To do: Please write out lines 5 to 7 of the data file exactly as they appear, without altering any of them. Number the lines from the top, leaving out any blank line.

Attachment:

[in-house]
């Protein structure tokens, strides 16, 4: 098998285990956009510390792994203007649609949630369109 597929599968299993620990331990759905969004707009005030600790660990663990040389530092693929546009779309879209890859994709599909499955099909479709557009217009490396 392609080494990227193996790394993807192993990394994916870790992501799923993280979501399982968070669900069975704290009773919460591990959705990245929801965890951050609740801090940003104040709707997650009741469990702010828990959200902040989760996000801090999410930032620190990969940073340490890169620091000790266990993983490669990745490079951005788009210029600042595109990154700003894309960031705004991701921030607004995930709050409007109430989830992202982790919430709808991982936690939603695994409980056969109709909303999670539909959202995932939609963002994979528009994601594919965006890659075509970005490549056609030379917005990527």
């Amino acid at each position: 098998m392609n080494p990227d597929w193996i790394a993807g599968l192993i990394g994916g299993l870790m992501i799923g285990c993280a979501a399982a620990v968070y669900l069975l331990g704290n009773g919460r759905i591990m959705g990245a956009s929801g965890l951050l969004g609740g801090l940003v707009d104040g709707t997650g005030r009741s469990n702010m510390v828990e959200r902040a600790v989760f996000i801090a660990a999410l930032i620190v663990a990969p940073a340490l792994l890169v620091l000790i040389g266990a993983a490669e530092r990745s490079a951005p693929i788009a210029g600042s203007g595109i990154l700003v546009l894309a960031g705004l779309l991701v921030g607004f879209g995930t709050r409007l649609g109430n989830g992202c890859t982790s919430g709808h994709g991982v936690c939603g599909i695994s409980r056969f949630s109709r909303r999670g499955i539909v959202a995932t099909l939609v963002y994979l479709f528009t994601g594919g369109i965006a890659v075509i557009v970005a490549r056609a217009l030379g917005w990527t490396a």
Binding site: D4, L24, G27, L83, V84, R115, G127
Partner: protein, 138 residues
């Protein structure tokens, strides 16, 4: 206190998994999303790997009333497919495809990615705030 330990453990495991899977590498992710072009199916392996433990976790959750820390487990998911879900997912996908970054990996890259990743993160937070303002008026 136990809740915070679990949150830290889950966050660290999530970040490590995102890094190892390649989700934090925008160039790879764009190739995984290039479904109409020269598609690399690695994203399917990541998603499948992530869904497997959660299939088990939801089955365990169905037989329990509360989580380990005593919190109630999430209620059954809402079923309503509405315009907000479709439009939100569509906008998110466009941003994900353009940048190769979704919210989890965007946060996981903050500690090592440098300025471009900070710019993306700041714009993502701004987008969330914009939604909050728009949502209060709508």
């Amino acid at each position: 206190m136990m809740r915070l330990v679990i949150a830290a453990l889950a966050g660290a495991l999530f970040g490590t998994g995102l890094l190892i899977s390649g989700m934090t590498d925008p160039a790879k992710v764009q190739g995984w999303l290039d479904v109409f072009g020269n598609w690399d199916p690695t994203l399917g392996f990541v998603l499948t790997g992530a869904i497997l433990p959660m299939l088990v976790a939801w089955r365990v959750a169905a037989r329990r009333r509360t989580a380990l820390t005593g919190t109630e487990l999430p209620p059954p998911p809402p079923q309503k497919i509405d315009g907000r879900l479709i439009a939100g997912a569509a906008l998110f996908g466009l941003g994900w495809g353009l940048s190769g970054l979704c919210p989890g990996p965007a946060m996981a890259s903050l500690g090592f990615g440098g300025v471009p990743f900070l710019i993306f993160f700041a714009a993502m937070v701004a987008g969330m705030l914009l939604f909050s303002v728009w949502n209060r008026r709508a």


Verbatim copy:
Partner: protein, 138 residues
């Protein structure tokens, strides 16, 4: 206190998994999303790997009333497919495809990615705030 330990453990495991899977590498992710072009199916392996433990976790959750820390487990998911879900997912996908970054990996890259990743993160937070303002008026 136990809740915070679990949150830290889950966050660290999530970040490590995102890094190892390649989700934090925008160039790879764009190739995984290039479904109409020269598609690399690695994203399917990541998603499948992530869904497997959660299939088990939801089955365990169905037989329990509360989580380990005593919190109630999430209620059954809402079923309503509405315009907000479709439009939100569509906008998110466009941003994900353009940048190769979704919210989890965007946060996981903050500690090592440098300025471009900070710019993306700041714009993502701004987008969330914009939604909050728009949502209060709508």
């Amino acid at each position: 206190m136990m809740r915070l330990v679990i949150a830290a453990l889950a966050g660290a495991l999530f970040g490590t998994g995102l890094l190892i899977s390649g989700m934090t590498d925008p160039a790879k992710v764009q190739g995984w999303l290039d479904v109409f072009g020269n598609w690399d199916p690695t994203l399917g392996f990541v998603l499948t790997g992530a869904i497997l433990p959660m299939l088990v976790a939801w089955r365990v959750a169905a037989r329990r009333r509360t989580a380990l820390t005593g919190t109630e487990l999430p209620p059954p998911p809402p079923q309503k497919i509405d315009g907000r879900l479709i439009a939100g997912a569509a906008l998110f996908g466009l941003g994900w495809g353009l940048s190769g970054l979704c919210p989890g990996p965007a946060m996981a890259s903050l500690g090592f990615g440098g300025v471009p990743f900070l710019i993306f993160f700041a714009a993502m937070v701004a987008g969330m705030l914009l939604f909050s303002v728009w949502n209060r008026r709508a």